GREENWOOD: Okay. Tell me what is more important right now - getting money into people's hands or making certain the budget stays in surplus? Because this is something politically, of course, Labor has always had to grapple with. You had to even before the last election come up with a way in which you could try and get the economy into surplus and yet at the same time try and hand the money back. It didn't actually get accepted by the community, large tax increases in certain areas. This is a balance, so which is important? Is it important that the money’s in people's hands or to maintain a budget surplus?

LEIGH: Well, I think you can do both Ross, if you're willing to actually do tax reform rather than just straight out tax cuts. The Grattan Institute brought down a really important report this week, in which it said ‘the government's cherry picked the politically easy part of reform - cutting income taxes - while ignoring less popular changes that would shore up the tax base over time, such as introducing more efficient taxes, closing loopholes and eliminating concessions’. So if you're willing to do that careful tax reforms - for example, making multinationals pay their fair share - then you're able to see us through the downturn without having to cut funding to schools and hospitals.

GREENWOOD: Okay. Well, you know I'll never disagree with you about having multinationals pay their fair share of tax, but one bit of tax reform the government does want to bring in because you mentioned those 2022 tax cuts, which you want to bring forward again. But the fact of the matter is the real tax cuts, the ones that matter, are the $158 billion tax cuts not due until 2024. These are the ones that offer genuine tax reform by flattening the tax scales between $45,000 and $200,000, so a person pays no more than 30 cents in the dollar tax. It makes Australia more competitive, encourages people to work more, to do second jobs, overtime, whatever it might be. But the Opposition does not support that part of the tax package and again, I keep asking, why not?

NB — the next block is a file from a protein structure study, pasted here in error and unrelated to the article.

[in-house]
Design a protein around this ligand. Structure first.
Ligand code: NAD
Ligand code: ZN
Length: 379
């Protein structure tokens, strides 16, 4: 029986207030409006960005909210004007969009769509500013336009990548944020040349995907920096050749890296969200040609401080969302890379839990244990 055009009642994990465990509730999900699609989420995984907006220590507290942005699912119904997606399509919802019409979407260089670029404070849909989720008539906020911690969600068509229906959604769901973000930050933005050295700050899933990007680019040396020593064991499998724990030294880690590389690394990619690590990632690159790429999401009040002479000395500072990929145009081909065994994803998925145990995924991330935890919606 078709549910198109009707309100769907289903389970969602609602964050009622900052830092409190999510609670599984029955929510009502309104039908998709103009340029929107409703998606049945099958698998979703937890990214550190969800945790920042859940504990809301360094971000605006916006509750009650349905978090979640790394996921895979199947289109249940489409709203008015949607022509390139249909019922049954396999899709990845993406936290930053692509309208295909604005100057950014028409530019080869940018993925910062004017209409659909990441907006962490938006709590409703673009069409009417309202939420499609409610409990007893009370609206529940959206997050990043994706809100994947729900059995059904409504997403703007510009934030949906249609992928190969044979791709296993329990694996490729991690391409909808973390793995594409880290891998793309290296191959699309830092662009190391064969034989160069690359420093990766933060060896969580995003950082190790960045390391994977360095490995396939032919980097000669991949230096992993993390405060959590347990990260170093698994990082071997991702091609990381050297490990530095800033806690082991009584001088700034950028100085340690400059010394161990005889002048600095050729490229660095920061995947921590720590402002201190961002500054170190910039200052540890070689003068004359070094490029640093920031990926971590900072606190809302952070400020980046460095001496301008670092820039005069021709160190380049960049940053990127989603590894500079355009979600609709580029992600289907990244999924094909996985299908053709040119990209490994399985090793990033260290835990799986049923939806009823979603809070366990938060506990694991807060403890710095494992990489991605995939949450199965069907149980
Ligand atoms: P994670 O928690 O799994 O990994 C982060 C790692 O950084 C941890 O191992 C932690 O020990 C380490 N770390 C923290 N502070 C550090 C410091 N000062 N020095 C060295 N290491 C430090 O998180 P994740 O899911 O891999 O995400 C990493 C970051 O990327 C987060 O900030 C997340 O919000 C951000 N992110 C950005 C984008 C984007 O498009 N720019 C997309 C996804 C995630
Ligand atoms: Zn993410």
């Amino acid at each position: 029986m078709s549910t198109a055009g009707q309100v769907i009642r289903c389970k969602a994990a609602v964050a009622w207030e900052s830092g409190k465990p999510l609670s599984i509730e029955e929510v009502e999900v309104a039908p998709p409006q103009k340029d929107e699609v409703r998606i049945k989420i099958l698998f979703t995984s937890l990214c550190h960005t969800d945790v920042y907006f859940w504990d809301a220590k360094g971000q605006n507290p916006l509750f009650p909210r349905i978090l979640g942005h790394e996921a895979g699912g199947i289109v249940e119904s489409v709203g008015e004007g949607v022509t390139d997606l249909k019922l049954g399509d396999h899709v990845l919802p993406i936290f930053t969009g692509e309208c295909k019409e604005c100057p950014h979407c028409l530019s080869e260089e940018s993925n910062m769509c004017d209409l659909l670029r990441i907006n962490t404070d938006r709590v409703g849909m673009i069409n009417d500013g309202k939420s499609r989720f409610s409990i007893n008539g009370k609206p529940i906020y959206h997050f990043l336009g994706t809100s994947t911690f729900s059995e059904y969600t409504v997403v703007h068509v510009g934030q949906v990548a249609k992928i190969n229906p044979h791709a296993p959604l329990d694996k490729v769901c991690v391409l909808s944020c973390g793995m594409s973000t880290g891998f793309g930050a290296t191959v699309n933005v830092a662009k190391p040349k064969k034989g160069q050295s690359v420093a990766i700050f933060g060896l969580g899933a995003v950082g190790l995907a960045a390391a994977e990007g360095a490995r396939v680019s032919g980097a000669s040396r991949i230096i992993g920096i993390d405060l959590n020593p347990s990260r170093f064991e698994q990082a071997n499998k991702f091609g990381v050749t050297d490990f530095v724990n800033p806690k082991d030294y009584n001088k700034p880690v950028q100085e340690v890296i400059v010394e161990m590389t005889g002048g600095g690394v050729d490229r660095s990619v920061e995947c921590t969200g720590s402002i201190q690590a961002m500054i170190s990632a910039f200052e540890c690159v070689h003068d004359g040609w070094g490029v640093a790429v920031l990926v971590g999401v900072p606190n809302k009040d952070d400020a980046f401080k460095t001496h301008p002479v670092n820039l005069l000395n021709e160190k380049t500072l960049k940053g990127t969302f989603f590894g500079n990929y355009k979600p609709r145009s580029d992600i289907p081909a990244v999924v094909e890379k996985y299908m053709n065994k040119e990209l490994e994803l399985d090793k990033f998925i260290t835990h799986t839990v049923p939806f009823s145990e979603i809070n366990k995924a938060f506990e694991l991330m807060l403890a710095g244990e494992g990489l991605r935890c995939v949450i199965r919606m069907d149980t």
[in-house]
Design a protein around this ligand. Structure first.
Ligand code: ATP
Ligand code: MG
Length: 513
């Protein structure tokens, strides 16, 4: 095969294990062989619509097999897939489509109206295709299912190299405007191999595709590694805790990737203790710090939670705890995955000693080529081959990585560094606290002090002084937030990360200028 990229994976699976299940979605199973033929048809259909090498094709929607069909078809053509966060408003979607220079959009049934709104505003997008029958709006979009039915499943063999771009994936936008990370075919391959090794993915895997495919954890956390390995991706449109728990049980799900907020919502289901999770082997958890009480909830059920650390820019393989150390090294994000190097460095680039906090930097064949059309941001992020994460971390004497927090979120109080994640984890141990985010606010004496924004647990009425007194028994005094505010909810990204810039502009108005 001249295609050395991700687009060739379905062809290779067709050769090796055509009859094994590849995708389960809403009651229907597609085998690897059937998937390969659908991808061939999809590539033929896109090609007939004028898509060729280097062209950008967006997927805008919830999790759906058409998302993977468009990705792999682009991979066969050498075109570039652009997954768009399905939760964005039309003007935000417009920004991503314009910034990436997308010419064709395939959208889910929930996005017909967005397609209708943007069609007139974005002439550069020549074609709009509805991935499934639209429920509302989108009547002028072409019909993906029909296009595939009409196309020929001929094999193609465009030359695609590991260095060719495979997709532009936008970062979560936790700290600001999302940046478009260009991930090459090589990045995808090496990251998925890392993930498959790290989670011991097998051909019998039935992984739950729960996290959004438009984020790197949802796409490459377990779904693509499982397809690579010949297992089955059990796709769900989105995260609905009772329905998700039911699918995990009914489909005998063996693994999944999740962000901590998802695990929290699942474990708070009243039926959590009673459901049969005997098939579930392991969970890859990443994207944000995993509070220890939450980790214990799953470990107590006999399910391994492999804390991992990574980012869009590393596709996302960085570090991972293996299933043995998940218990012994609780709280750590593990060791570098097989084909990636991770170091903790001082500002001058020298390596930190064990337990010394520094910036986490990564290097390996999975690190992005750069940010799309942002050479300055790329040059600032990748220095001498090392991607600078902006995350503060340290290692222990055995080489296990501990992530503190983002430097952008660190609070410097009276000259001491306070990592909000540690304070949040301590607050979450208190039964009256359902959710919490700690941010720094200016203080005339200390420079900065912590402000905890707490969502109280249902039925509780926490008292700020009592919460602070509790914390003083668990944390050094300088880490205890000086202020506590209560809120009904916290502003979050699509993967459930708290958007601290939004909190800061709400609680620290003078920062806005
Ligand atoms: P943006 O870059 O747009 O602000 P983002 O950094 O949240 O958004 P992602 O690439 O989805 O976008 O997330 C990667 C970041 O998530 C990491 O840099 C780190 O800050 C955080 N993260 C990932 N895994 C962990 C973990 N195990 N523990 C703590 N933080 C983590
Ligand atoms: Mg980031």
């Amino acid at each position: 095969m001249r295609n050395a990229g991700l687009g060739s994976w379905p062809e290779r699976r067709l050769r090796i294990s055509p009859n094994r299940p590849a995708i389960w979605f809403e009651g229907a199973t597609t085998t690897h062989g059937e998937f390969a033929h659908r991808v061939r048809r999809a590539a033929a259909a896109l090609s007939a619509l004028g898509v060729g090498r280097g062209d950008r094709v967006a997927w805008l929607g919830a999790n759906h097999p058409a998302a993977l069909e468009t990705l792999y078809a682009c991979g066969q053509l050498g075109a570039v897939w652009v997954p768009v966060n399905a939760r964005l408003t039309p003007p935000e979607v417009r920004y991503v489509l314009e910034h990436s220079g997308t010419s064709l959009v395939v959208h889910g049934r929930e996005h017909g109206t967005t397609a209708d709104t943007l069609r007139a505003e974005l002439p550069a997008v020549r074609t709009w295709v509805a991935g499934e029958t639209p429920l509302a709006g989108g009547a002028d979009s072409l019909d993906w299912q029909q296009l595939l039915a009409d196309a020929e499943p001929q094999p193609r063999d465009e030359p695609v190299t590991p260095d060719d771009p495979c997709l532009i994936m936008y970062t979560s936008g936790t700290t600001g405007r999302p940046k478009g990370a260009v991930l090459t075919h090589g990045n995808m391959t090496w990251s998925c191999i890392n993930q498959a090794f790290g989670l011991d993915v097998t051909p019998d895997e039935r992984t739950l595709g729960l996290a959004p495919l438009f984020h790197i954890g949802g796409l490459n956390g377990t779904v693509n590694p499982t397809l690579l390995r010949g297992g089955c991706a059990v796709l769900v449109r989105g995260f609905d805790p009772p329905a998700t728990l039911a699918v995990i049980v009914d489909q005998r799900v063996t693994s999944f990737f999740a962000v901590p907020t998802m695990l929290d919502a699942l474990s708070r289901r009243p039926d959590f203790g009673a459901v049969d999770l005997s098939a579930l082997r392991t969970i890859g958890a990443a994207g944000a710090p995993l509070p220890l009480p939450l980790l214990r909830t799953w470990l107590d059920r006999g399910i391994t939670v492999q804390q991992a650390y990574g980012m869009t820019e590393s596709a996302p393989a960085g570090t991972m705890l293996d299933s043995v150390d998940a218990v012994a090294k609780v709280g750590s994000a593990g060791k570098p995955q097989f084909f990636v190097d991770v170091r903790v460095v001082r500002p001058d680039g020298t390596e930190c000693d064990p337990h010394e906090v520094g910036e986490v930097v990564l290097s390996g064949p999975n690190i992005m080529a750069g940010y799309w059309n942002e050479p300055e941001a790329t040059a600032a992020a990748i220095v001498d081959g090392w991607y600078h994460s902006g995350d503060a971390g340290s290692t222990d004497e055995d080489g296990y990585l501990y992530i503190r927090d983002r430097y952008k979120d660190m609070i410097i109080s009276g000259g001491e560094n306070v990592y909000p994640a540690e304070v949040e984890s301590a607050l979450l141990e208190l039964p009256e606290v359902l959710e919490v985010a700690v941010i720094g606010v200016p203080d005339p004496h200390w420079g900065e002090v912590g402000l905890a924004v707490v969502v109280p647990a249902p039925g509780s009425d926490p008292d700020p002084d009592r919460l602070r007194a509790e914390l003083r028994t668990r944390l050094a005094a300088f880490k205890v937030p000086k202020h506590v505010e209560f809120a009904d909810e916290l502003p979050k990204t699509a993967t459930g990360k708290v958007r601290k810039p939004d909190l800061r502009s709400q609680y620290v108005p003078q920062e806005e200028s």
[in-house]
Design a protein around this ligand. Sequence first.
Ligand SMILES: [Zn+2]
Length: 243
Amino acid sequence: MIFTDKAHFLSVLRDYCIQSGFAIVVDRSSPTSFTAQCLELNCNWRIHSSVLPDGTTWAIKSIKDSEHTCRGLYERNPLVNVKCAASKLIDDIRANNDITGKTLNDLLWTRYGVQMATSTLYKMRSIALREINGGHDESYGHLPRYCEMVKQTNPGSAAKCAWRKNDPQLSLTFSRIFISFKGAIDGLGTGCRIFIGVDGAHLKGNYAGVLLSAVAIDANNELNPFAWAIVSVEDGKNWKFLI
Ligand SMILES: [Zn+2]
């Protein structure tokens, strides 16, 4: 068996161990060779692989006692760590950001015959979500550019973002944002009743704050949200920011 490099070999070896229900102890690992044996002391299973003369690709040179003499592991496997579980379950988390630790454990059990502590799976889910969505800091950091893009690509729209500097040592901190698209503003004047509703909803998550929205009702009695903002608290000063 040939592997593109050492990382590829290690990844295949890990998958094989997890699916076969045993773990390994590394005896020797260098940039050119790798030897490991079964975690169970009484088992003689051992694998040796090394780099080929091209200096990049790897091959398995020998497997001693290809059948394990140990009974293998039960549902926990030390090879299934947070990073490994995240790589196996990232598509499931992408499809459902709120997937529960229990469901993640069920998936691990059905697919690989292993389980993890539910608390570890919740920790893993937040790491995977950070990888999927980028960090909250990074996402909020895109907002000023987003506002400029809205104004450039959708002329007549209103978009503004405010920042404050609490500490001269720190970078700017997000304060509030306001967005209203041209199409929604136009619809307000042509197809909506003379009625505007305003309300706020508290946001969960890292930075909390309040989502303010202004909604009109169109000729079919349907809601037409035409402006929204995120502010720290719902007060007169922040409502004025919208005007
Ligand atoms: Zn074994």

LEIGH: Ross, they will make the tax system the least progressive its been since the 1950s and take us from having a relatively progressive tax system to a relatively regressive tax system by international standards. From a fiscal standpoint -

GREENWOOD: Okay, just stop. Just stop and explain it to people. Why do you say it would be a regressive tax system if you flattened it and made certain that everybody between $45,000 and $200,000 paid no more than 30 cents in the dollar tax? That to many people would actually seem like a pretty good deal.

LEIGH: Well, the flatter you take the rates, the more you go towards a regressive tax reform. The Grattan Institute has said that you have to go back to the 1950s to find a time where the tax system would be less progressive than it would be if these tax changes passed-

GREENWOOD: But Singapore actually survives with a relatively flat tax system. It doesn't necessarily get disadvantaged as a result of that system. Others around the world now have flattened out their tax scales. Why is it that Australia would be a special case where ours need to be a more steeply, shall I say tiered, tax system as compared with a flatter tax system?

LEIGH: Well, Australians have always prized egalitarianism - the notion that people who have a bit more are able to contribute a bit more to the system. So if you take those with incomes over $180,000, they comprise three per cent of taxpayers, but they'll get about 31 per cent of the total benefits of stage three. So about 10 times their proportionate share. But I think the principal argument to make about stage three Ross, is it’s not happening for five years time. So the risk is that if the government locks itself into saying they're going to promise surpluses in the interim and they're going to promise expensive tax cuts in 2024, they just won't have the fiscal firepower to respond to a downturn.